The heatmap was created using all samples with the R package Heatplus version 2.28.0. (S1 Methods). Taxon was selected if it was present in at least 5 samples with a minimum abundance of 1%. Five clusters were identified by specifying the “cuth” parameter (see S1 Methods). The heatmaps show 50 families from the family taxon datasets, 61 genera from the genus taxon datasets, and 72 species from the species taxon datasets.

Principal component analysis (PCA)

For the visualisation of microbial compositional differences between the different sample groups/timepoints we plotted the microbial variances using a multivariate method called Principal Component Analysis (PCA) for the family, genus, and species taxon level using the mixOmics R package version 6.7.1 [63]. PCA was conducted including all taxon with a minimum abundance of 0.1%.

Other statistical analysis

Statistical analysis was performed with SPSS v.25 (IBM, Armonk, New York) and GraphPad Prism v.8.3 (GraphPad Software, San Diego, California). Comparison between two groups of animals were done by Mann-Whitney U-test. The two-way repeated measures (RM) ANOVA test was used for the analysis of time series data. Correlations between parameters were assessed using Spearman correlation coefficient. P values of less than 0.05 were considered significant.

Supporting information

S1 Fig. Morphology of Ly6G+ cells in VACV-infected ear tissue.

C57BL/6 SPF mice were injected i.d. in the ear pinnae with 104 PFU of VACV WR. Images of sorted neutrophils (Zombie violet-, CD3-, CD5-, CD19-, NK1.1-, CD11c-CD45+Siglec-F-Ly6G+) extracted from ear tissues at 9 d p.i. Red—signal from surface staining with mix of antibodies, blue—DAPI. Bars = 5 μm.

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S2 Fig. Skin microbiome change after i.d. infection with VACV (Family).

Ear tissues were collected from SPF mice before (intact) and at 2, 5, 8 and 12 d p.i. with 104 PFU of VACV WR and at d 8 post injection of PBS (mock), n = 15 per group per time point. Next generation sequencing was performed on DNA extracted from the ear tissues. (A) Heatmap of bacterial families with hierarchical clustering. Bacterial families with a minimum abundance of 1% in at least five samples was used for creation of the heat map. Five clusters are colour coded with red, blue, green, violet and orange. (B) Results of Principal Component Analysis (PCA) of ear tissue microbiome of family taxon. PCA was conducted including all taxon with a minimum abundance of 0.1%. Ellipses represent a 40% confidence interval around the cluster centroid. “D”–day post i.d. injection.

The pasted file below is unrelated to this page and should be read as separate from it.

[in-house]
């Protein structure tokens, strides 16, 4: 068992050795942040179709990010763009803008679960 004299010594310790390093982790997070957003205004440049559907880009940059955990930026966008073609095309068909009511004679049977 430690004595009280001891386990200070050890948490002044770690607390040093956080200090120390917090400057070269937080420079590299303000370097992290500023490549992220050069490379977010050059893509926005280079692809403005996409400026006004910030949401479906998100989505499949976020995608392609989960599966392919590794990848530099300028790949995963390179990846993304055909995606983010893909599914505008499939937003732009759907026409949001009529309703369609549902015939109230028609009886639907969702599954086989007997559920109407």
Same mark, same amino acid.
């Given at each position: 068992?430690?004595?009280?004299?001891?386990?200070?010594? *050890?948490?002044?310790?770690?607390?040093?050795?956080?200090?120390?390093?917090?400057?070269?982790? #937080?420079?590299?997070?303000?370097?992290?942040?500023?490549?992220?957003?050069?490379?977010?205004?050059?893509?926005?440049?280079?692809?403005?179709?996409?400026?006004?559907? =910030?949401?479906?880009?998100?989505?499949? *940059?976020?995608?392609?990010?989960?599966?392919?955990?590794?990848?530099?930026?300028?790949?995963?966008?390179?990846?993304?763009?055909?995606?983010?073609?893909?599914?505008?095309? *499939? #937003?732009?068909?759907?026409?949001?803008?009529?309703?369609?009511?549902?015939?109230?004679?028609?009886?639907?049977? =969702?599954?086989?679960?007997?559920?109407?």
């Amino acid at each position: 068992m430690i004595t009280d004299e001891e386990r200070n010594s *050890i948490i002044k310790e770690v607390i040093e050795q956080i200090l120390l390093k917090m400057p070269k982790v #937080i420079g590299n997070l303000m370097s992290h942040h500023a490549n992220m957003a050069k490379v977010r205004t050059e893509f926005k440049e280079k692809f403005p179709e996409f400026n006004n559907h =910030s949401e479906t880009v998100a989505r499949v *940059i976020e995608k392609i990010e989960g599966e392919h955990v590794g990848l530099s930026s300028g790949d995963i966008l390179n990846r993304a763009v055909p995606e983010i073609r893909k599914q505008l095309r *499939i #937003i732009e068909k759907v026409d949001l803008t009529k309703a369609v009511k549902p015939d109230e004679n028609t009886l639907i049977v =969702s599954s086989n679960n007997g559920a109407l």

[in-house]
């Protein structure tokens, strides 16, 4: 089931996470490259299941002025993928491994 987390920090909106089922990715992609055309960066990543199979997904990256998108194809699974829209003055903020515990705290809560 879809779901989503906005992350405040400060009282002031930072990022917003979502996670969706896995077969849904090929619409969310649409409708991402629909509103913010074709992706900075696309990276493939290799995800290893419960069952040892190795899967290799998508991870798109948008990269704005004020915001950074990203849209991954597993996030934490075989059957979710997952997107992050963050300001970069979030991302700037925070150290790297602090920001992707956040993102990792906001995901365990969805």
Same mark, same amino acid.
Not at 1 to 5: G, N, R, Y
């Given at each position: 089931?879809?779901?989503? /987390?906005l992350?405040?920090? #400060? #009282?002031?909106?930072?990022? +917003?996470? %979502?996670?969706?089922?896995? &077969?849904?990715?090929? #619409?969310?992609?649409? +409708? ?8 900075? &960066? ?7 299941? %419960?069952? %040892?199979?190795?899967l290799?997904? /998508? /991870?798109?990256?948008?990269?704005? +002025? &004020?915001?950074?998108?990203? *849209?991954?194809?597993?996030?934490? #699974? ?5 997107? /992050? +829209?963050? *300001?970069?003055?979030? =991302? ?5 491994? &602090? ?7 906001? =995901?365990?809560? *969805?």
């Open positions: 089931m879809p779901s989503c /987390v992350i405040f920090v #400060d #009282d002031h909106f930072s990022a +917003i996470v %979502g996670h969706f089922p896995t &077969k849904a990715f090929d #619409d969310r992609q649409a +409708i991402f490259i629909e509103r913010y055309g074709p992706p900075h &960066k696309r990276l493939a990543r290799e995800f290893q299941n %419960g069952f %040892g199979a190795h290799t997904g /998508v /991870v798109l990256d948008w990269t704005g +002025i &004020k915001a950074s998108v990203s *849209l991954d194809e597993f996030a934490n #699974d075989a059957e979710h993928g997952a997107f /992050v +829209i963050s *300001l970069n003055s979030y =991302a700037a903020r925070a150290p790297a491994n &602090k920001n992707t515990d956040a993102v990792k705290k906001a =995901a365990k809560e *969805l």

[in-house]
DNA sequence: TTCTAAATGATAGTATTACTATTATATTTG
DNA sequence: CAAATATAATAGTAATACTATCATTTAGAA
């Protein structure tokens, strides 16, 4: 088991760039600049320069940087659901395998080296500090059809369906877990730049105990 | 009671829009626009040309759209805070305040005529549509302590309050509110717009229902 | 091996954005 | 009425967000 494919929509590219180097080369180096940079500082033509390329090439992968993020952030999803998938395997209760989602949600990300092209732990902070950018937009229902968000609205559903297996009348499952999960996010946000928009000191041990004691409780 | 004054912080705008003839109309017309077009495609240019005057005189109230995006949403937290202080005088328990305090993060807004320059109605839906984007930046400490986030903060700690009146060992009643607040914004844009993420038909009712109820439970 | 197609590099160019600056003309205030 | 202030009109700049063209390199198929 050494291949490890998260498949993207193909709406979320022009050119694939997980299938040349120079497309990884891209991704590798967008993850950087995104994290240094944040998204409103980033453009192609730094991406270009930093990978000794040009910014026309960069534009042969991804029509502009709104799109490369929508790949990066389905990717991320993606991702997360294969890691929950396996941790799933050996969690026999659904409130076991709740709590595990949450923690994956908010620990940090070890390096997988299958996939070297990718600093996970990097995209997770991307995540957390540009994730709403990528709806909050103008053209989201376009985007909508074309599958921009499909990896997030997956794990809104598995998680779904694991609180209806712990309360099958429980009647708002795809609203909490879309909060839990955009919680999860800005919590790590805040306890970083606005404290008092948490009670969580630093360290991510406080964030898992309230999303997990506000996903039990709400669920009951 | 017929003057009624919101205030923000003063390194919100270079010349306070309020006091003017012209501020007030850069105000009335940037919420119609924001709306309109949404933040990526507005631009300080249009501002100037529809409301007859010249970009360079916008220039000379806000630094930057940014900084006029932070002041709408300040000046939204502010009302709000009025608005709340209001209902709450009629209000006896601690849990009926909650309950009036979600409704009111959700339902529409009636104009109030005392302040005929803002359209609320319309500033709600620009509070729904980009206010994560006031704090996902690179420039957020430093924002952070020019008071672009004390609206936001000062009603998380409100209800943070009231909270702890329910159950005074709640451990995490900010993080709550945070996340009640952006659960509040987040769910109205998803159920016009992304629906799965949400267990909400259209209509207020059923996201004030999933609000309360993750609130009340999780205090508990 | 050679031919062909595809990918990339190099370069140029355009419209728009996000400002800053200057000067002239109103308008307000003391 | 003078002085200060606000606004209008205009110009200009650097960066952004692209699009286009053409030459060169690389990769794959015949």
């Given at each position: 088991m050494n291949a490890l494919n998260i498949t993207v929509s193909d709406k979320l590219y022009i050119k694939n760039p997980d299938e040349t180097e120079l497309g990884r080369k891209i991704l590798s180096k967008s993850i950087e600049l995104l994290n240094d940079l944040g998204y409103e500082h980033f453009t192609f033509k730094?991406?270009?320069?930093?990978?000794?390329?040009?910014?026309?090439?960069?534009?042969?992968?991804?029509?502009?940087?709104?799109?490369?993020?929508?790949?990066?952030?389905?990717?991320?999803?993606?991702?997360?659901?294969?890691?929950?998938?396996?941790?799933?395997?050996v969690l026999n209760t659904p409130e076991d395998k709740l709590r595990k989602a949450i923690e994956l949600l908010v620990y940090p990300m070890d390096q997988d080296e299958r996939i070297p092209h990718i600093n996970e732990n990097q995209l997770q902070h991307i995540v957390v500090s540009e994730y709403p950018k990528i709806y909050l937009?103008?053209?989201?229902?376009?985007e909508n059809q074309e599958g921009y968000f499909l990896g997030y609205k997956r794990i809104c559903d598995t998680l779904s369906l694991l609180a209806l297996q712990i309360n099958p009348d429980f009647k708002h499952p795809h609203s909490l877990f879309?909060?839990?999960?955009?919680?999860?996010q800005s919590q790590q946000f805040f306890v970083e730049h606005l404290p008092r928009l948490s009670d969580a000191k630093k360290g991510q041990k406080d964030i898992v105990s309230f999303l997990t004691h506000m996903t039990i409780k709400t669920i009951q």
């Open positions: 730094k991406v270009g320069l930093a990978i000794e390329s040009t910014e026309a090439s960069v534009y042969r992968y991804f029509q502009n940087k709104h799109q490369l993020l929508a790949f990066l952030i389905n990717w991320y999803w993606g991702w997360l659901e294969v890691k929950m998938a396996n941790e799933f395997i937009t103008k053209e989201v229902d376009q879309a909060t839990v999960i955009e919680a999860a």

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S3 Fig. Skin microbiome change after i.d. infection with VACV (Species).

Ear tissues were collected from SPF mice before (intact) and at 2, 5, 8 and 12 d p.i. with 104 PFU of VACV WR and at d 8 after injection of PBS (mock), n = 15 per group per time point. Next generation sequencing was performed on DNA extracted from the ear tissues. (A) Results of Principal Component Analysis (PCA) of ear tissue microbiome of specie taxon. PCA was conducted including all taxon with a minimum abundance of 0.1%. Ellipses represent a 40% confidence interval around the cluster centroid. (B) Relative abundance of most prevalent taxa of ear tissue bacterial species. (C) Heatmap of bacterial species with hierarchical clustering. Bacterial species with a minimum abundance of 1% in at least five samples was used for creation of the heat map. Five clusters are colour coded with red, blue, green, violet and orange. “D”–day post i.d. injection.

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S4 Fig. Dermal lesion sizes after antibiotic treatment of animals infected with VACV strain Lister.